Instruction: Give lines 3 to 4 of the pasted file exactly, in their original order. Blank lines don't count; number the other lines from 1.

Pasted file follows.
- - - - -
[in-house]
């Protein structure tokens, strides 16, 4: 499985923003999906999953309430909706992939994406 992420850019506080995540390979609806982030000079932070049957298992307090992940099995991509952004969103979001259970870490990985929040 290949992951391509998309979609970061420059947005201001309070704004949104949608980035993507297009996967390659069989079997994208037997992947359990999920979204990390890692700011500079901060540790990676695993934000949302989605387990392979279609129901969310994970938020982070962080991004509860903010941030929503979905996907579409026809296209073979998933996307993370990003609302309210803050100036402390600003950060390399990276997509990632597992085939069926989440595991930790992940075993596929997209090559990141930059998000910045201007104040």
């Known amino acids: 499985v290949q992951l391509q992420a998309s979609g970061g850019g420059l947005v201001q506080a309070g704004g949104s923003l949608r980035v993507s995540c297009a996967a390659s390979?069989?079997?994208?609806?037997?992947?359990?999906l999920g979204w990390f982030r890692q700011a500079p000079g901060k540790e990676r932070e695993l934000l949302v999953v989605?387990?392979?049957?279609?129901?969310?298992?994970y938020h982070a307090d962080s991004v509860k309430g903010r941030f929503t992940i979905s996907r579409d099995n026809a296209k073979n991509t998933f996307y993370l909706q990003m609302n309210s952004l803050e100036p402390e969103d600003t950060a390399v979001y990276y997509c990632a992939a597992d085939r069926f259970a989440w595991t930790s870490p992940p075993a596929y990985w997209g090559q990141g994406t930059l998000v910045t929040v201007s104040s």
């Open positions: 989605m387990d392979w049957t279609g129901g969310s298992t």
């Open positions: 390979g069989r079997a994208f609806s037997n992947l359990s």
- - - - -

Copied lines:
């Known amino acids: 499985v290949q992951l391509q992420a998309s979609g970061g850019g420059l947005v201001q506080a309070g704004g949104s923003l949608r980035v993507s995540c297009a996967a390659s390979?069989?079997?994208?609806?037997?992947?359990?999906l999920g979204w990390f982030r890692q700011a500079p000079g901060k540790e990676r932070e695993l934000l949302v999953v989605?387990?392979?049957?279609?129901?969310?298992?994970y938020h982070a307090d962080s991004v509860k309430g903010r941030f929503t992940i979905s996907r579409d099995n026809a296209k073979n991509t998933f996307y993370l909706q990003m609302n309210s952004l803050e100036p402390e969103d600003t950060a390399v979001y990276y997509c990632a992939a597992d085939r069926f259970a989440w595991t930790s870490p992940p075993a596929y990985w997209g090559q990141g994406t930059l998000v910045t929040v201007s104040s």
């Open positions: 989605m387990d392979w049957t279609g129901g969310s298992t």